To prepare against projected shocks, African investors are having conversations with portfolio companies on all the tough fundamental questions. Emergency working capital and securing cash in safe assets are some of the ways they are helping portfolio companies weather the storm. As Eloho Gihan-Mbelu, managing director of Endeavor Nigeria has written, basics of survival require startups to reduce expectations around outside capital, conserve cash, and re-forecast projections on cash flow.

The Nigerian government and private sector efforts are seeking ways to improve power supply during the pandemic. Conversations are said to be ongoing through a Stimulus Bill, to provide electricity at no cost to the public for a 2-month period. The Rural Electrification Agency (REA) in partnership with the Africa Development Bank (AfDB) has made available a US$200 million development fund to ramp up solar home systems and solar mini-grid projects to connect over 500,000 people across 105,000 households to energy supply.

Nigeria will repurpose a set of equipment designed for HIV and tuberculosis tests to accelerate COVID-19 testing. Nigeria Centre for Disease Control, NCDC received the first set of supplies of the equipment on Thursday, April 16. With it, the agency says tests will increase across the board.

Stripe is doing very fine.

The payments giant has raised $600 million in the midst of the pandemic, valuing it at $36 billion. Stripe says it currently has $2 billion on its balance sheet (assets less liabilities) indicating that it raised the new investment to grow its business and not because it is struggling.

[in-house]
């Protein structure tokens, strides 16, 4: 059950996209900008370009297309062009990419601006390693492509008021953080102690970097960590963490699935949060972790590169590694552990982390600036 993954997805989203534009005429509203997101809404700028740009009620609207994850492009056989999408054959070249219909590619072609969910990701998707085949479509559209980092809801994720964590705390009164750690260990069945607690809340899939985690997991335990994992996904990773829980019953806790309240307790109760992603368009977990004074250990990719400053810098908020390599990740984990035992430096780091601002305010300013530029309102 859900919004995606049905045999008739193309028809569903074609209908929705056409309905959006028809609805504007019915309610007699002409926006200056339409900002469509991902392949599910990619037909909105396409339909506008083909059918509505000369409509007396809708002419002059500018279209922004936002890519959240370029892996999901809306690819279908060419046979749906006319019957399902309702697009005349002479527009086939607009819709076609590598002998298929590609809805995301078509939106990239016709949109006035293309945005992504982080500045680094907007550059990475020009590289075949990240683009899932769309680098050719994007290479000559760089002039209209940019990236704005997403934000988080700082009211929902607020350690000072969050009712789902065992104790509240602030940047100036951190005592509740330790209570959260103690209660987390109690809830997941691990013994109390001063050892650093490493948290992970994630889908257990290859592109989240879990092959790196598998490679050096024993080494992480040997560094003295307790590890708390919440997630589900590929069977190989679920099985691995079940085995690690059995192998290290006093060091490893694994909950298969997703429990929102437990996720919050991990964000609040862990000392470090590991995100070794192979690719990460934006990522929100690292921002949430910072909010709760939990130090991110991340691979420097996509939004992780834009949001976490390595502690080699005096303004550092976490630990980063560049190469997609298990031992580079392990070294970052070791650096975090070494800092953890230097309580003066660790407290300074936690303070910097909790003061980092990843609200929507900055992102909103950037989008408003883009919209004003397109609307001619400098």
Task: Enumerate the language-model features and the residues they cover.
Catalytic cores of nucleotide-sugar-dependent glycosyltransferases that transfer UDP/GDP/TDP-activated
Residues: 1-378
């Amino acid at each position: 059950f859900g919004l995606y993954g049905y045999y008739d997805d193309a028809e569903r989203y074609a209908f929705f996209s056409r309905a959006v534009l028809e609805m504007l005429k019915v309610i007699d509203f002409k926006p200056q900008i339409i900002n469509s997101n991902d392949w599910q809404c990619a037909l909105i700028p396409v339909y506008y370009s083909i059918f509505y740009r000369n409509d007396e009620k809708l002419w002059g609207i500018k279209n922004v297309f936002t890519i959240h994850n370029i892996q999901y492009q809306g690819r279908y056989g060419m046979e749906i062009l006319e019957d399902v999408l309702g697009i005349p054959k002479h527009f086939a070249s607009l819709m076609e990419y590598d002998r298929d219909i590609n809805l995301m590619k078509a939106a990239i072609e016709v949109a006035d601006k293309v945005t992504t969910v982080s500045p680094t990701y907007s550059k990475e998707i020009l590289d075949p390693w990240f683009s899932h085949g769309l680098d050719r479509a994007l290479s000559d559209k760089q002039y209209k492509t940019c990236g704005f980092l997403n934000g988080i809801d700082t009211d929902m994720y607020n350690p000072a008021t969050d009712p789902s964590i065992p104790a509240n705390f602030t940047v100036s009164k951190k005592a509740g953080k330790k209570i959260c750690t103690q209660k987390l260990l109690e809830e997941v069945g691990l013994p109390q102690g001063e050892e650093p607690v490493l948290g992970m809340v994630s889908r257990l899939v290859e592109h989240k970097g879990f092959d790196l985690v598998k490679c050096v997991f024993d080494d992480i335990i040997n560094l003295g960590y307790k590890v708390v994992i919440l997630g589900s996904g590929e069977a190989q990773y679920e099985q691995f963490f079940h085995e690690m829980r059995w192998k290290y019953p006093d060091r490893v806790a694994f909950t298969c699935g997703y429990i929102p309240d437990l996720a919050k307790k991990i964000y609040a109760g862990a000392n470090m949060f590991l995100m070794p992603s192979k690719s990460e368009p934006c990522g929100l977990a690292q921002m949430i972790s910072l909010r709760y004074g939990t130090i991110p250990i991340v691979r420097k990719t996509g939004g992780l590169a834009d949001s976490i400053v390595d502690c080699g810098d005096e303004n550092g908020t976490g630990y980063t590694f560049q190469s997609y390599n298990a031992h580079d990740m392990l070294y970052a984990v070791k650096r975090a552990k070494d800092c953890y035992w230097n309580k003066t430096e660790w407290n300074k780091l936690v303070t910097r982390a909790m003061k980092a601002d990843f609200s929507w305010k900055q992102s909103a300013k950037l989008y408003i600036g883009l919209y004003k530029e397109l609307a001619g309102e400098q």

Google launches ‘Journalism Emergency Relief Fund’ to support local news amid COVID-19. The funding is open to news organizations producing original news for local communities during this time of crisis, and will range from the low thousands of dollars for small hyper-local newsrooms to low tens of thousands for larger newsrooms, with variations per region.”

Author of the Internet’s most anticipated annual trends report releases a coronavirus version.

Mary Meeker and her Silicon Valley VC firm, Bond Capital told its investors on Friday, April 17 via email that the coronavirus’ high-speed spread and impact has similarities to the devastating San Francisco earthquake of 1906. “We are optimists and believe there is hope on the other side of despair….” the report says.

Fundraising in a crisis: Lessons from TaskRabbit. Leah Busque Solivan, Founder at the gig-economy company shares lessons on how she navigated difficult times, including the great recession in 2009, while raising capital for her startup. “The best founders start when times are difficult,” she says.

Stay Safe

Have a wonderful week and please observe all the guidelines provided by health experts.

You can subscribe to our TC Daily Newsletter; the most comprehensive roundup of technology news on the continent, and have it delivered to your inbox every weekday at 7 am WAT.

Follow TechCabal on Twitter, Instagram, Facebook, and LinkedIn to stay updated on tech and innovation in Africa.

Victor Ekwealor, Managing Editor, TechCabal